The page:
Navigation Menu

CarePoint ministry empowers Jenks community

Patrons shop in the clothing closet portion of the ministry.
[Photo provided]

JENKS—A little more than a year ago, an elementary school in the Jenks school district contacted First Oklahoma Bank in the community, asking if they could help find clothes for children and their families that were in need.

The bank owners then reached out to Jenks, First; Tulsa, South Tulsa, First and Yale Cleaners. Together, the churches and businesses sponsored Jenks CarePoint, a Christian-based ministry that primarily provides clothing and shoes to families in need, free of charge. Disposable diapers and other family items are also distributed through CarePoint.

“Between those four entities, they partnered up, began to plan, found a site to house the ministry and developed from there. We have a board of directors and have been incredibly blessed with the support of the community and of the churches. The donations are constant,” said Kara Lee, director of CarePoint.

“Our mission is to serve the students and families of Jenks Public Schools and the community by providing resources and programs to meet physical, social, emotional and spiritual needs as we share the love and hope that is found in Christ,” Lee said.

According to Lee, the community that surrounds CarePoint is heavily populated with Burmese refugees. Lee said they fled their home country due to the violent war and persecution of their Christian faith. “I was stunned to learn of this need in Jenks, a community with a lot of wealth. But the need is there, and we’re going to fulfill it,” Lee said.

In addition to offering clothing to these families, CarePoint offers sewing classes and English as a Second Language (ESL) classes. The ESL classes and sewing classes are taught to help equip individuals with knowledge and skills to improve their social, financial, emotional and spiritual well-being.

Women participate in the sewing class offered at Carepoint. They are able to purchase a sewing machine at the end of the semester.
[Photo provided]

Currently, more than 40 people are taking ESL and sewing classes at CarePoint. After they finish a semester of classes, they can purchase a sewing machine at a reduced cost to them.

“With everything we’ve done, it’s been very gratifying to hear them talk about how much of a difference it has made,” Lee said. “Whether it’s the clothing that they can’t afford for their families, or if they’ve done both English and sewing classes, they talk about how they came to this community not knowing anything or anybody. Through CarePoint, it has given them opportunity to provide for their families but also to fit in.”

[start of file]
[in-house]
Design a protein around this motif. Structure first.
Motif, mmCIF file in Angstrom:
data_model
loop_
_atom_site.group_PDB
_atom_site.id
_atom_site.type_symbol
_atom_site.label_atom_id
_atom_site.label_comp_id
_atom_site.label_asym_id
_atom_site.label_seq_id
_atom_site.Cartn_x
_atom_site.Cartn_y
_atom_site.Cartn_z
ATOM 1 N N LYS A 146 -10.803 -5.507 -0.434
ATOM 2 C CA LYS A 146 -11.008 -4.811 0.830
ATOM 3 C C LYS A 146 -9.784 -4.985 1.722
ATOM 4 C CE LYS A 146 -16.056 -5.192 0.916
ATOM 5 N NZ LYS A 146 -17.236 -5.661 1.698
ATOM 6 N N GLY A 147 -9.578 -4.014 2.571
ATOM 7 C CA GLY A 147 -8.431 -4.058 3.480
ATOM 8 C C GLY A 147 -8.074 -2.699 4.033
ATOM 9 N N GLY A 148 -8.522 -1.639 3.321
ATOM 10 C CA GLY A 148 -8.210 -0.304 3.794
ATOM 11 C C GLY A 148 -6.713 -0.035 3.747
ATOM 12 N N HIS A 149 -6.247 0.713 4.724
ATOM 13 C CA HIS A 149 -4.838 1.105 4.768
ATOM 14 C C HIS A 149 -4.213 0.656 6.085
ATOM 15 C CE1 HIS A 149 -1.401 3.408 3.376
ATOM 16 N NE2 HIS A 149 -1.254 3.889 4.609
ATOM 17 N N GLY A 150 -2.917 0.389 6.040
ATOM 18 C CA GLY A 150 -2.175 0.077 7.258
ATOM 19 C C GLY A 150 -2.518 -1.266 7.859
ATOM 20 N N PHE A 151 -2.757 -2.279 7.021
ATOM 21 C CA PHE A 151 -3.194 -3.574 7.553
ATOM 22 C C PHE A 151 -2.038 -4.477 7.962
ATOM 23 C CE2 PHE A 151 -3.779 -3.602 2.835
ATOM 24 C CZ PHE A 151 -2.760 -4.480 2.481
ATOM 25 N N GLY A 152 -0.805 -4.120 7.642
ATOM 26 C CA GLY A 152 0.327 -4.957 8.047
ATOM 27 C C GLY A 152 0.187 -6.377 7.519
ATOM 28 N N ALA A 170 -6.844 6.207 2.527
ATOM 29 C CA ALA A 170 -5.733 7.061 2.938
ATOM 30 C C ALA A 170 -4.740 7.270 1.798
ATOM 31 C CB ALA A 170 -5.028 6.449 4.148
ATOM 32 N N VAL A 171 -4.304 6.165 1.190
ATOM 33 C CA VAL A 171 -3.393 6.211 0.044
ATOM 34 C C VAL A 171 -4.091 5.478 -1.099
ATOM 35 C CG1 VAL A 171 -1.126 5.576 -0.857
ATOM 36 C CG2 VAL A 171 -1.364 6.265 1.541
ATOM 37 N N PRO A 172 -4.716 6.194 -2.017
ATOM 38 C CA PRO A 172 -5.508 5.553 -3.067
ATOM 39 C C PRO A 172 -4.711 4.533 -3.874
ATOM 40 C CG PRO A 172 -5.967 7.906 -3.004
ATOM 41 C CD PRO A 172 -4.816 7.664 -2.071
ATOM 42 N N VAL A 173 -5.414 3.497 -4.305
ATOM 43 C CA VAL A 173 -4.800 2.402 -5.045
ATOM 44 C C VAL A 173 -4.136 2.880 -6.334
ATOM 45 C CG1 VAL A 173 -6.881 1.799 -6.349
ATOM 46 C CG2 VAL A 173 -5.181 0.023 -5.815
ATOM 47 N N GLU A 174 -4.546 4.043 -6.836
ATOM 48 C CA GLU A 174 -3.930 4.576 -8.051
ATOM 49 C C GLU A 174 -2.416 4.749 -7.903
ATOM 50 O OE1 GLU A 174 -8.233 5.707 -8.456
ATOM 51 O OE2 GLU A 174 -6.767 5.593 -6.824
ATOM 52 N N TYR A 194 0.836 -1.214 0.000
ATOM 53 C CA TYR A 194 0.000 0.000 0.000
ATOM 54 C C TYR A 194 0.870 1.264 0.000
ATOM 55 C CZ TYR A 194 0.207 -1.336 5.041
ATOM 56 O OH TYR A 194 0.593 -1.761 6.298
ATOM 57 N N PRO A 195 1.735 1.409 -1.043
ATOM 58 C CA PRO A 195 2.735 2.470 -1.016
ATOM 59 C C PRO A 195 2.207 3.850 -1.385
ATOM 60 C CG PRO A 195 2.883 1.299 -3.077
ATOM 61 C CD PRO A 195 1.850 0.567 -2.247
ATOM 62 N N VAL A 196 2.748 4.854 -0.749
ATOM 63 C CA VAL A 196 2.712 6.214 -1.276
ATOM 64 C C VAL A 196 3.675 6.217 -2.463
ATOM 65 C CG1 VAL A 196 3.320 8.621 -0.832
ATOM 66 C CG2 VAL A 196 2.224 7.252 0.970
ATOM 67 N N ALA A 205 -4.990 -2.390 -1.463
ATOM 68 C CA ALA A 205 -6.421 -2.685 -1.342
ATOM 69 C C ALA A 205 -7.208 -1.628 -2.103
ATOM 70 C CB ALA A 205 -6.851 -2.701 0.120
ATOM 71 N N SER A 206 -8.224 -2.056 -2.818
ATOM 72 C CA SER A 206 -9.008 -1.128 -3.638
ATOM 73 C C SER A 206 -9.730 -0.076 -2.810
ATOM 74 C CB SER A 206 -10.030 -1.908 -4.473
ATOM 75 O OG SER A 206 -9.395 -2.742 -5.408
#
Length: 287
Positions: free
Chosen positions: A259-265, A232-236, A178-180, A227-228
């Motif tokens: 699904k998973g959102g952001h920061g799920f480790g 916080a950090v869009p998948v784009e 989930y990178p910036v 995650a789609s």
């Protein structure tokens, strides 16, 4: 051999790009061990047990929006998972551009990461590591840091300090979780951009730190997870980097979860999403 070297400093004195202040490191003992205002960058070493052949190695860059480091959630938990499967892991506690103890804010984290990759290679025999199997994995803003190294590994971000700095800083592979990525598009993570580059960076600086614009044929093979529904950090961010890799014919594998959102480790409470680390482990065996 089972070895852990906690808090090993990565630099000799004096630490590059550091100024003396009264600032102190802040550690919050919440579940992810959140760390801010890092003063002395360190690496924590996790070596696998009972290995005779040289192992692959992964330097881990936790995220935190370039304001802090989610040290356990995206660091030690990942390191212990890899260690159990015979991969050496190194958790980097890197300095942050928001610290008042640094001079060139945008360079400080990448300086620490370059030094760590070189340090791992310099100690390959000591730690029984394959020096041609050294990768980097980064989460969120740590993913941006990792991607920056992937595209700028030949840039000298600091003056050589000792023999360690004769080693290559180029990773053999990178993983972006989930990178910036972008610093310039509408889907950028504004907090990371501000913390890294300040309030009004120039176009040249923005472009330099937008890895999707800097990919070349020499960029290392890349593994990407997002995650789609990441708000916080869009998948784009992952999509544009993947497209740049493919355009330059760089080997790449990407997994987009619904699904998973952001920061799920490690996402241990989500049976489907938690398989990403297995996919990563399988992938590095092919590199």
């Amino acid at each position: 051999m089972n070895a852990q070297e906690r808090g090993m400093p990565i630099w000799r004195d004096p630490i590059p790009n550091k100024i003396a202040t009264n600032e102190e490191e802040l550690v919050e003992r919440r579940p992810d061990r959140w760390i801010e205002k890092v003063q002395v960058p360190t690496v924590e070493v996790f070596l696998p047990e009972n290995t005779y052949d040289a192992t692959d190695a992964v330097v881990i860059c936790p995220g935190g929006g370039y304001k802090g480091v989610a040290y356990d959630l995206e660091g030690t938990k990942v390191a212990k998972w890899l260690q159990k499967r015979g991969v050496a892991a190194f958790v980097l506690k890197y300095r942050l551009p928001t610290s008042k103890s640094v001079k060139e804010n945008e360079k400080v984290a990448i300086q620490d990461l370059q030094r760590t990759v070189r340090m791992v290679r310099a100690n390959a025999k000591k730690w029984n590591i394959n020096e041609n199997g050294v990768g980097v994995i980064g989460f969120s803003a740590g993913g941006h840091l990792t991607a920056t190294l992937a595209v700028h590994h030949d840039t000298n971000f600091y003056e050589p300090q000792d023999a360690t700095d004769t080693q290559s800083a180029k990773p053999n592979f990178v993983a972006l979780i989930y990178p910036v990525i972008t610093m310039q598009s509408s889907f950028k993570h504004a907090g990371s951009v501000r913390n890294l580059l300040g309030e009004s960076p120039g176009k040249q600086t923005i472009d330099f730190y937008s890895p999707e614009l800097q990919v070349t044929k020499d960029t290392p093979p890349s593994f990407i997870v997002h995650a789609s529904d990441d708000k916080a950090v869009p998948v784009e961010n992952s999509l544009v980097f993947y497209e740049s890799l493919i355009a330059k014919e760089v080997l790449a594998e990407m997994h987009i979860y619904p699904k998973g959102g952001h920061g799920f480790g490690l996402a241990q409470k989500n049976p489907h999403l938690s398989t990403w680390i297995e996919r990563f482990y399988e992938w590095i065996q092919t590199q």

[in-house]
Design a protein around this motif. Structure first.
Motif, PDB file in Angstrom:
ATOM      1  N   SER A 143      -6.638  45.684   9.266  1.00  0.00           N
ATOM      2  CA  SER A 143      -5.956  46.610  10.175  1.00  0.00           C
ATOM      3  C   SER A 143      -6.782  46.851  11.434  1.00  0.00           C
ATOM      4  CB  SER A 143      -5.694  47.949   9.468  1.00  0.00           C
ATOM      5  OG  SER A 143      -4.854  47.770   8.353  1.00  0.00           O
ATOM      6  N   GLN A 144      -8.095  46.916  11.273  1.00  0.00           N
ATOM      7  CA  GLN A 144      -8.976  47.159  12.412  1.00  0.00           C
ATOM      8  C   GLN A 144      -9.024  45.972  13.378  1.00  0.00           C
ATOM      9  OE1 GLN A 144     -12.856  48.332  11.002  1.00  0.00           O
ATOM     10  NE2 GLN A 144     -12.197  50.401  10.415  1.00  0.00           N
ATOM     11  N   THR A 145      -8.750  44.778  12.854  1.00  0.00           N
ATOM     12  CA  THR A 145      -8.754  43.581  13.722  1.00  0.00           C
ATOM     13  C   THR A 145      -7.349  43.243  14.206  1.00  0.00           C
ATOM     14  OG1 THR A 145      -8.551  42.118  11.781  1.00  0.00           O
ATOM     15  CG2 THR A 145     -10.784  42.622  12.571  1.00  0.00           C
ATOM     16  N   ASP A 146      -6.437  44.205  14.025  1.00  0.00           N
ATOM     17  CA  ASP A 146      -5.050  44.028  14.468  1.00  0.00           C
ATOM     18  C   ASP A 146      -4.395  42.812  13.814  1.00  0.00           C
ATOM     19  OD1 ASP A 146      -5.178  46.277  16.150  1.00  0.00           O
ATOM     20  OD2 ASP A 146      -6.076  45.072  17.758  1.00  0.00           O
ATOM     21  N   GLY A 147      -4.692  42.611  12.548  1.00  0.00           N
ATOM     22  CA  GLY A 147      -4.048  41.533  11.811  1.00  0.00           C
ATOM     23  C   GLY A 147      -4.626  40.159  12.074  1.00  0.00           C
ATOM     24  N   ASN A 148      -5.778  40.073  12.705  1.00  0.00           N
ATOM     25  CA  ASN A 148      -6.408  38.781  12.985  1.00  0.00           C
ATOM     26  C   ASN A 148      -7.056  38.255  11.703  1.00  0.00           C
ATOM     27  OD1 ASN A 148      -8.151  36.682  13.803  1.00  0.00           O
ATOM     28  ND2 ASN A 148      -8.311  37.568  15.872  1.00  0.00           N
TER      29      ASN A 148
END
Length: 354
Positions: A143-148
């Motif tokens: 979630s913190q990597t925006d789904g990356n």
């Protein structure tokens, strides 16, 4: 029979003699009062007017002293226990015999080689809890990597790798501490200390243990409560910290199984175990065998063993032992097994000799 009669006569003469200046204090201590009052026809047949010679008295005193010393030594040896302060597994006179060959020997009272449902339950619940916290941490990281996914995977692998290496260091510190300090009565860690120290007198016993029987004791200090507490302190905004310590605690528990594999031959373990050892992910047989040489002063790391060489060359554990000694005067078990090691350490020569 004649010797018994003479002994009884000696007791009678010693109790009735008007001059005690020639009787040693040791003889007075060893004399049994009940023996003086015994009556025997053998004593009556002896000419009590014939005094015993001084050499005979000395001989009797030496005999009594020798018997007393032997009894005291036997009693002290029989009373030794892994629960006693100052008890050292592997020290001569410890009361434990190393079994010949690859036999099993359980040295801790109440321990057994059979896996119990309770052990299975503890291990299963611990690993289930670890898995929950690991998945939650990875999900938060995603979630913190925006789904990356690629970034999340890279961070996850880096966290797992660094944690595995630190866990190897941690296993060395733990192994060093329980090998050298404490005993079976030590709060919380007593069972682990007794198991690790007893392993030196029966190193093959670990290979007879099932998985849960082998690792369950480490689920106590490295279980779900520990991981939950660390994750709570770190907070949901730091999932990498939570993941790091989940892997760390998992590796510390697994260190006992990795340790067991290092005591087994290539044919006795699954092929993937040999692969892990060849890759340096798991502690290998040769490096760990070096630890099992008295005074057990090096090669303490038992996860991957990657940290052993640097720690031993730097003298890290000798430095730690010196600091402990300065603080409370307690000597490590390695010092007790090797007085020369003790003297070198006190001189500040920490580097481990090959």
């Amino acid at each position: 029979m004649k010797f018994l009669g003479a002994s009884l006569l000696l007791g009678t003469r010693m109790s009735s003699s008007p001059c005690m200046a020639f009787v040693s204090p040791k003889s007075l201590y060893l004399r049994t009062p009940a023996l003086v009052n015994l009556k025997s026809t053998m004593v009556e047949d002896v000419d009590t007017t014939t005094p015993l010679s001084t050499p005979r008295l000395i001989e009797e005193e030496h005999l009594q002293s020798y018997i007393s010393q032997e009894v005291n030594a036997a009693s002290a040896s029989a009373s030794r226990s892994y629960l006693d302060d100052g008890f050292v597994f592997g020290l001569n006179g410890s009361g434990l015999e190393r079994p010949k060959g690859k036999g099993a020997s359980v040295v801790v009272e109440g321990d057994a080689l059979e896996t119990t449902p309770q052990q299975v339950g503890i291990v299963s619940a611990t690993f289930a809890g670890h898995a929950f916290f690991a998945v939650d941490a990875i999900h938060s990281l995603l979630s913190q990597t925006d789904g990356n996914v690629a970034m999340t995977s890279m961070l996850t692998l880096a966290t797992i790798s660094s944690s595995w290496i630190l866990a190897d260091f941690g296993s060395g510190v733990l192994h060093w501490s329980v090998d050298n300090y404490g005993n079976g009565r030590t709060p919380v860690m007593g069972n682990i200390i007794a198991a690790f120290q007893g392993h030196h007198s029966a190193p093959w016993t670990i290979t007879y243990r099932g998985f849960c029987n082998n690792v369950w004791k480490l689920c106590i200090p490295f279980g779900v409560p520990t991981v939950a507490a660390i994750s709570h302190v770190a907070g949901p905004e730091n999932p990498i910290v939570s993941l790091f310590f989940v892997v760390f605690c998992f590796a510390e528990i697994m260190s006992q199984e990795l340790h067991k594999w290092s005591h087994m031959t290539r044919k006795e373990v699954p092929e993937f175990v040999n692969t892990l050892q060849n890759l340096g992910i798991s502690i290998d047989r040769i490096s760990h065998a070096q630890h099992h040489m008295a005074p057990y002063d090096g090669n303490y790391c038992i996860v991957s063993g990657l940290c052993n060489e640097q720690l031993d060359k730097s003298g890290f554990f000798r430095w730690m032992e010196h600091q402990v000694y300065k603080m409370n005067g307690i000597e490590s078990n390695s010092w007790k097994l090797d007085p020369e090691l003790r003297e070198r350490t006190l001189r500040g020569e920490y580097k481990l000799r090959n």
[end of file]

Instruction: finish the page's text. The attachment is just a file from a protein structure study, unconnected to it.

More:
CarePoint has been open for 10 weeks. In that time, they have distributed clothing to an estimated 1,200 people. Lee says there are future plans to develop additional ministries and services as other needs that exist within the community are determined.

Other ways CarePoint has been able to serve the community are through leaders in the churches reaching out to young mothers and stepping in to help them understand motherhood, the culture and community.

“They are new mothers and don’t have their mom to be around and help them. So we take them on outings and help them learn to navigate in our country, where everything is new to them,” Lee said.

Jenks CarePoint is open to the public Monday through Thursday, 9 a.m.-1 p.m. and 9-11 a.m. every third Saturday. It is located at 2914 East 91st Street. CarePoint accepts all sizes of men’s and women’s clothing, children’s clothing, new underwear and socks, shoes, coats, disposable diapers, blankets, sheets and towels. For more information, visit www.JenksCarepoint.org.

Emily Howsden

Author: Emily Howsden

Emily Howsden is a staff writer for the Baptist Messenger.

View more articles by Emily Howsden.

Share This Post On
Attention Baptist Messenger readers: If you already receive the Baptist Messenger through a church subscription, you will continue to receive it in 2019.Learn More
+
Read previous post:
Boise City, First sees brokenness as opportunity for the Gospel

  BOISE CITY—Legalized recreational marijuana in Colorado has created a boom in the so-called “cannabis tourism industry,” attracting people who...

Close